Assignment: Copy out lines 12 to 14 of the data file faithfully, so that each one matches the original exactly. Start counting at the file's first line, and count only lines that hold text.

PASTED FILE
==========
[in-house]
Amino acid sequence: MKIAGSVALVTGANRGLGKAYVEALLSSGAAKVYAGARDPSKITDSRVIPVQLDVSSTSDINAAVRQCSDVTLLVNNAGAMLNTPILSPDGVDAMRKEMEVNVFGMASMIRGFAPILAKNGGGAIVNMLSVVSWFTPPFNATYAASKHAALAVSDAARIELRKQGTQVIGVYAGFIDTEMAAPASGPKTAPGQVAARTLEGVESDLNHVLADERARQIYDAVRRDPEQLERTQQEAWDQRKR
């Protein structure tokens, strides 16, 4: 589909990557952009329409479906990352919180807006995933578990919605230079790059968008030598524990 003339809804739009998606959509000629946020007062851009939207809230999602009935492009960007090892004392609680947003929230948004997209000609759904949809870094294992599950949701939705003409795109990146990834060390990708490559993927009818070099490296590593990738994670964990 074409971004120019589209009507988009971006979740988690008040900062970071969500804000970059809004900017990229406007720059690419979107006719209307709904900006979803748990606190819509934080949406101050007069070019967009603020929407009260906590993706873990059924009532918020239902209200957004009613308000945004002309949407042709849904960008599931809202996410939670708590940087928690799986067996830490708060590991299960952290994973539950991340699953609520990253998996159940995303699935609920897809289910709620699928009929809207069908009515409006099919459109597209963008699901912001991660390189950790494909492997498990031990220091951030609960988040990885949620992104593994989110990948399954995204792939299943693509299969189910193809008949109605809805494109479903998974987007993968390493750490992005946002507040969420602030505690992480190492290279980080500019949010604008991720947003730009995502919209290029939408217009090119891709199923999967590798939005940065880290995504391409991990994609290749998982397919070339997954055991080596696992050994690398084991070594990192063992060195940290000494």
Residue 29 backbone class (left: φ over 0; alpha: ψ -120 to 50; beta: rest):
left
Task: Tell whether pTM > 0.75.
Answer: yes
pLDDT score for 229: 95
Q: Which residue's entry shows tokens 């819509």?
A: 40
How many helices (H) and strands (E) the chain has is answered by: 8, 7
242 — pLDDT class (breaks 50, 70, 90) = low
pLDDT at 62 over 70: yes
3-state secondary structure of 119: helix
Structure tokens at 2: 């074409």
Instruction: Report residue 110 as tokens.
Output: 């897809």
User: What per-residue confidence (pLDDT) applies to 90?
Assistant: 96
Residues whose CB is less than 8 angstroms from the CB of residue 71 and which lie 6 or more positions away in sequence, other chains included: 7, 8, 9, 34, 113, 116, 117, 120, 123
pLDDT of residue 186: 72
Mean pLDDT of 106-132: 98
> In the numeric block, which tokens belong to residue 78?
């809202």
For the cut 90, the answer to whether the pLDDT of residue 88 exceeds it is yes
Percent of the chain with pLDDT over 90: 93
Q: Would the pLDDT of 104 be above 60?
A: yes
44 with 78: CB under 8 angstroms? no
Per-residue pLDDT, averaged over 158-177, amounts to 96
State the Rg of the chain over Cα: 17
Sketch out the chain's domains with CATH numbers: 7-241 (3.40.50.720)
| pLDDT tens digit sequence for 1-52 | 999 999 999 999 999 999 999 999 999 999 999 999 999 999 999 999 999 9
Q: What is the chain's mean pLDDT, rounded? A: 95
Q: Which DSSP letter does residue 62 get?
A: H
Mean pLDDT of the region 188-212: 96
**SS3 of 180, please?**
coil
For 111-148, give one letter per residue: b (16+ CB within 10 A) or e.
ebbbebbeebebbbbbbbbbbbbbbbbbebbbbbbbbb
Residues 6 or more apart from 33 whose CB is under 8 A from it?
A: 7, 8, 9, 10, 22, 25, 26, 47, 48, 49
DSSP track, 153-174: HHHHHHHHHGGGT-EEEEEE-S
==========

242 — pLDDT class (breaks 50, 70, 90) = low
pLDDT at 62 over 70: yes
3-state secondary structure of 119: helix